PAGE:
Infrared: an urban landscape brings Ilse Hughes' warmth to Red Ochre Gallery
Approach to Signal Hill
"Infrared: an urban landscape" is a new exhibition of paintings (acrylic on canvas) by Ilse Hughes. Most of them big, and some are very big.
The majority show a city of bare trees, painted red, a latticework through which areas of St. John's can be seen, like St. Patrick's Church, Signal Hill, or Hamilton Avenue. These are exterior, and urban, winter scenes with snow on the ground, and the leafless trees a glowing scarlet lacing, overlaying the view. They breathe a freshness, with big areas of aqua harbours and skies of a definite winter yellow adding to the crispness and scale.
Other scenes are large landscapes, like "Port Kirwen," which is so full of warm burgundies and cherries it just might decrease your heating costs this winter.
Infrared, as a term, also carries scientific overtones. It refers to red light emitted at a certain wavelength - think of the way the Terminator internally views and measures his surroundings in those very fine James Cameron movies. Employing such reds the way Hughes does with these paintings means playing outside some painterly rules, as red is so immediate, so hot, and so inclined to dominate a piece. Hughes was quite aware of this. But she went ahead and did it anyway.
Last March Isle Hughes was accepted for a self-directed residency at Banff. Her proposal was a series based on music. But she needed to do one landscape, so she tackled that first to get it out of the way.
She thumbed through her sketchbook, as she always works from her sketches, and found the image that became "View From the Cathedral," with its organic grid of crimson trees, and purple, white and yellow houses backed by the harbour and the Southside Hills. "Once I did it I realized I'd done something different," Hughes said. "I went back to my sketchbook and took out everything with trees."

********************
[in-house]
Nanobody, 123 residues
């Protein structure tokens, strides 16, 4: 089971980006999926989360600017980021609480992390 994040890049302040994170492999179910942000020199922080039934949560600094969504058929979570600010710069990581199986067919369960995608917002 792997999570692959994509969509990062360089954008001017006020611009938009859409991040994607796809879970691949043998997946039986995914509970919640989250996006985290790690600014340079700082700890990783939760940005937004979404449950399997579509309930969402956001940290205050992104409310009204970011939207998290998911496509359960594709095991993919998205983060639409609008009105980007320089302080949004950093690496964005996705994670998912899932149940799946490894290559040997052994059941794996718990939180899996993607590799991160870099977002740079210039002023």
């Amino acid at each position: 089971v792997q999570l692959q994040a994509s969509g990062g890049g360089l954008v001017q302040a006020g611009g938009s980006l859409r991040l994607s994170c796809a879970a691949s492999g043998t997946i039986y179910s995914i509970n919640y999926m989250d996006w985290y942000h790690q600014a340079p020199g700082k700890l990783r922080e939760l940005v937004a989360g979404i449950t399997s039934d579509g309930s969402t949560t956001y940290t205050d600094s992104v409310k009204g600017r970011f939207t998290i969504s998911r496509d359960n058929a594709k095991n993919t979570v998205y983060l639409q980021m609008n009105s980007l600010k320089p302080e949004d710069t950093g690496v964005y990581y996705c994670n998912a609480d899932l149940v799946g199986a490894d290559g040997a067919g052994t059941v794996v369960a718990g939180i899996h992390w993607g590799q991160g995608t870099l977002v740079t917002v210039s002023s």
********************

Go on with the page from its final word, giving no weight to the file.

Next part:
So, trees it was. Hughes found it allowed her to play, in a new way, with the planes of a surface of a painting. "It was different because of the shifts between negative and positive space. Which was accidental. The trees were the negative space, and they were not three-dimensional but two-dimensional, while the landscape between them was three-dimensional. This created a tension, maybe even a little anxiety, and it makes the image move."
She was well aware of the potential pitfalls of using so much red. "When you dress in red there's only so much you can wear with it, you're limited to black, navy blue, white. I was always adjusting the background to the foreground. I wanted to emphasize the trees, it was a conscious choice. It may look spontaneous but there was quite a lot of thought behind it."
For example, there are those cold skies, often of a molten gold. The water is kept to fluid, stabilizing wedges of blue. And the house colours, which look like a fantastic radius of Impression, are of course the way they really exist, as intersecting blocks of orange, violet, and lemon.
"And I used a lot of lilac, which, surprisingly, goes well with red," said Hughes. "I was pushed to use a different palette."
Another reason Hughes pursued the theme of trees-over-cityscape was that it gave her such a different view of her city. "I hadn't realized how many trees we had! In winter you don't notice them, you see the structures behind them." In this exhibit, the viewer gives equal attention to both the anticipated scene, and the unexpected lens that focuses it.
"Infrared: an urban landscape" continues at the Red Ochre Gallery until Oct. 29.